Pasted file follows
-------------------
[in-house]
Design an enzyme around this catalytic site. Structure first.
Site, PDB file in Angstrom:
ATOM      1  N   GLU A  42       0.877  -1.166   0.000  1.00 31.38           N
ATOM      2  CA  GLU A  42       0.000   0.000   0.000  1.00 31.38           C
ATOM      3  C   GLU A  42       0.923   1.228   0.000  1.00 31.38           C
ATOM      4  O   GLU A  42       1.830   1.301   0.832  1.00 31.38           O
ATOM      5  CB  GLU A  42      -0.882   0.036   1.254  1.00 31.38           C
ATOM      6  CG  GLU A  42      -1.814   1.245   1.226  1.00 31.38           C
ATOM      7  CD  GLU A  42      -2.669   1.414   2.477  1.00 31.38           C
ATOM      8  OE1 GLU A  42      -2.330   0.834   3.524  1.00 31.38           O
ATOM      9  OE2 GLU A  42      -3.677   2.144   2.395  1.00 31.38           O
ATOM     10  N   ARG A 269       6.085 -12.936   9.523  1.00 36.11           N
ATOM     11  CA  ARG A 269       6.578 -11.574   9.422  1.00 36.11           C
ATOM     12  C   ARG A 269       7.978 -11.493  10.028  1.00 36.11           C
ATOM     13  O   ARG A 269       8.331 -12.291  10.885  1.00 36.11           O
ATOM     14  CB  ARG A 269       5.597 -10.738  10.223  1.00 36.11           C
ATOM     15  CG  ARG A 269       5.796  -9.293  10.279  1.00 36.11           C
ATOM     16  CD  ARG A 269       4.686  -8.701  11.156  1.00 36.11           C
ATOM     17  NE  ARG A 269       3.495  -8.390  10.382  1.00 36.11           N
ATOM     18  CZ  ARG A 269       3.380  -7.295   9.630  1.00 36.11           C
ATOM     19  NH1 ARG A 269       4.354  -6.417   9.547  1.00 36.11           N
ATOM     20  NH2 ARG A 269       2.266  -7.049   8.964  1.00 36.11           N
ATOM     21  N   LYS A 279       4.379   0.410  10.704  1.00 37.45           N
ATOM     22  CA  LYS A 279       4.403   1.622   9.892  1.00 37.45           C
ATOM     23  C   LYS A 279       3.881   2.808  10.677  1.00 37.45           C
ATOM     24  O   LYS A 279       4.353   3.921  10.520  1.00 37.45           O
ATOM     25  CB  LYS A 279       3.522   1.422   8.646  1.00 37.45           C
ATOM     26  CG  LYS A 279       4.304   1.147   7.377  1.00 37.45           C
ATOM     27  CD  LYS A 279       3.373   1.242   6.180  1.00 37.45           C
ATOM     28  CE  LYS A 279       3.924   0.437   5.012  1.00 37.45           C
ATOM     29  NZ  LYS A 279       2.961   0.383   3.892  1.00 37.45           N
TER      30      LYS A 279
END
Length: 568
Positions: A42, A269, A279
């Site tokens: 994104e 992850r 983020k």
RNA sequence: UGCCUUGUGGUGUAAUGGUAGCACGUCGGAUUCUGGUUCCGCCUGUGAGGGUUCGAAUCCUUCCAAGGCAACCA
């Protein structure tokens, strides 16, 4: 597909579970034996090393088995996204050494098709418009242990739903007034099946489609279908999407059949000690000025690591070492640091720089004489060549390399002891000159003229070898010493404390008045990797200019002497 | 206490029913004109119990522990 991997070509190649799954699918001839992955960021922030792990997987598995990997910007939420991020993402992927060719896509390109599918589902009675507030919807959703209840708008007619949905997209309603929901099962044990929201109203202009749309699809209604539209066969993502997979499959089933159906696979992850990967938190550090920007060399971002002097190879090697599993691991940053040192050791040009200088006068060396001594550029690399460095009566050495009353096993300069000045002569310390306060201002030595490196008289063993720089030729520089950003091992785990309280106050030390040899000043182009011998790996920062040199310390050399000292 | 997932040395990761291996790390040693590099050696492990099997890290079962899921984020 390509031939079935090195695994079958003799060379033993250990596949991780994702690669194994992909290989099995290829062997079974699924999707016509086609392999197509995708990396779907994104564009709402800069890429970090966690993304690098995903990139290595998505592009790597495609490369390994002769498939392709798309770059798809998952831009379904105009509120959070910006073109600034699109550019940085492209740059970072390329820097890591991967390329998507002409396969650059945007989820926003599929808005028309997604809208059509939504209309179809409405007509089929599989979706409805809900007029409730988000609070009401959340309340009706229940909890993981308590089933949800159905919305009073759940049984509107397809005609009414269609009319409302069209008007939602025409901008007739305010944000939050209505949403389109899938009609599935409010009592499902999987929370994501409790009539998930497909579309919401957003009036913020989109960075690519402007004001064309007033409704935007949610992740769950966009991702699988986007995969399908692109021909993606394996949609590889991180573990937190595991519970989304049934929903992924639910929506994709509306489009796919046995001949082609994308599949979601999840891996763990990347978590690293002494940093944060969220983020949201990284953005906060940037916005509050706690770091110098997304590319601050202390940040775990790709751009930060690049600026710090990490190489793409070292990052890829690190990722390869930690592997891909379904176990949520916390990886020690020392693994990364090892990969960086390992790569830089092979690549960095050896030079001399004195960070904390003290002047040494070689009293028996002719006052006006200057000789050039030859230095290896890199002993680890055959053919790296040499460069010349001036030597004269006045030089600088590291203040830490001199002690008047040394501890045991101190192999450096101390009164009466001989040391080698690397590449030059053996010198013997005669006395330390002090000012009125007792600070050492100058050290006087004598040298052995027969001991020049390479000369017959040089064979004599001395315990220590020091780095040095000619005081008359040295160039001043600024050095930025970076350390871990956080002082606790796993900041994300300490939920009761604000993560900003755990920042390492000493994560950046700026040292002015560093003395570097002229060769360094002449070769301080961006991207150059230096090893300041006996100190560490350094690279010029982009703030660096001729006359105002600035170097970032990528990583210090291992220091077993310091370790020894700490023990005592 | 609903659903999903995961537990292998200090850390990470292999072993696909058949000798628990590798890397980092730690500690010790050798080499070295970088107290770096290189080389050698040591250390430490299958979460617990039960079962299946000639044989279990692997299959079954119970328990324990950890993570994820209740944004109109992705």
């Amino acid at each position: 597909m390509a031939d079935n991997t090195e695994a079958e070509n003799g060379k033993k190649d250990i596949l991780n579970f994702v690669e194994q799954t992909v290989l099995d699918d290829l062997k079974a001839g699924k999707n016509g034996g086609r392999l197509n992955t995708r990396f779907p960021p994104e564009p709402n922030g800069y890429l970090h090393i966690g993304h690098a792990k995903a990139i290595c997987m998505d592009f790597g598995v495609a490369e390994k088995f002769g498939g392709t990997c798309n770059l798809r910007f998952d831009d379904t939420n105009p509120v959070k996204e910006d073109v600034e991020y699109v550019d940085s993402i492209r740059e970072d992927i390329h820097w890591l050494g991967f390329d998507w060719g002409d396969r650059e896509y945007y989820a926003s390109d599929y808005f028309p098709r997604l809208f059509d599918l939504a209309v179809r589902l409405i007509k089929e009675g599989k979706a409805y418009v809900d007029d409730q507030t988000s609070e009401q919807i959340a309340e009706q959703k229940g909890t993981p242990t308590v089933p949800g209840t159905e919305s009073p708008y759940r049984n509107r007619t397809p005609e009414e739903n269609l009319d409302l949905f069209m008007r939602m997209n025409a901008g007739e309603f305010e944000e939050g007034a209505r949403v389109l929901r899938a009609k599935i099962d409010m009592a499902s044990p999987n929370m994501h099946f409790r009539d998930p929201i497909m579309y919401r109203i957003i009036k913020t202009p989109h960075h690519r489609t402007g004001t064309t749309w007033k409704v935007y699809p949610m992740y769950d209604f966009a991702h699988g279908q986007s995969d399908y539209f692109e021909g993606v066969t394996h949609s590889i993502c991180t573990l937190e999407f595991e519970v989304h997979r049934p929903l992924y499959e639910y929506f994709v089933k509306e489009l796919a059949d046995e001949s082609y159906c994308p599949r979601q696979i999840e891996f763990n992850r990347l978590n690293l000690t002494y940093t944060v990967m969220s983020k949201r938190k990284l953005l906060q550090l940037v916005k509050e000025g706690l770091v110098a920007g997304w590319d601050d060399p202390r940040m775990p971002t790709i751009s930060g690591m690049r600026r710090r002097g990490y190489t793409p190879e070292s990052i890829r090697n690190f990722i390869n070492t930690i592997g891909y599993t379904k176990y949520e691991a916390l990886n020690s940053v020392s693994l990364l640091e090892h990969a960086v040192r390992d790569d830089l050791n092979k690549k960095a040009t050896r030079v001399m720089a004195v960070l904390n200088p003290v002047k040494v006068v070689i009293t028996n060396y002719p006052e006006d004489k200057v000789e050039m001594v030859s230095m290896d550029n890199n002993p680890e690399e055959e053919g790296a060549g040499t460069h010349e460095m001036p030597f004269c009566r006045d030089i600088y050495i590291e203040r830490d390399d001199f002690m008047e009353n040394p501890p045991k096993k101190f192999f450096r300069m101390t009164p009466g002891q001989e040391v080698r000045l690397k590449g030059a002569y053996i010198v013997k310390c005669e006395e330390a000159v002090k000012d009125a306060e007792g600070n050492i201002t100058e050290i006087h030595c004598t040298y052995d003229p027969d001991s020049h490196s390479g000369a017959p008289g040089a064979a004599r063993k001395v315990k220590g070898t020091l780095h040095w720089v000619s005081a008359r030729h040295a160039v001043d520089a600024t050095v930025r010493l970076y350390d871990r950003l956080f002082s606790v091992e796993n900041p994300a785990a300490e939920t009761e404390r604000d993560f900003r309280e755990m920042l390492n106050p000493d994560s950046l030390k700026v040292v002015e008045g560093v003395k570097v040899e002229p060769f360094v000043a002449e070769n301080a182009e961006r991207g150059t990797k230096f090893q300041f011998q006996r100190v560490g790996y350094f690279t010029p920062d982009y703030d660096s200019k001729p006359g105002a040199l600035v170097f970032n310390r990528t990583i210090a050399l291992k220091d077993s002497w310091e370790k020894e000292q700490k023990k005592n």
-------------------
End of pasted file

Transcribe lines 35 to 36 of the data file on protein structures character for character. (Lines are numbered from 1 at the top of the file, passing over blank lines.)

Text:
Length: 568
Positions: A42, A269, A279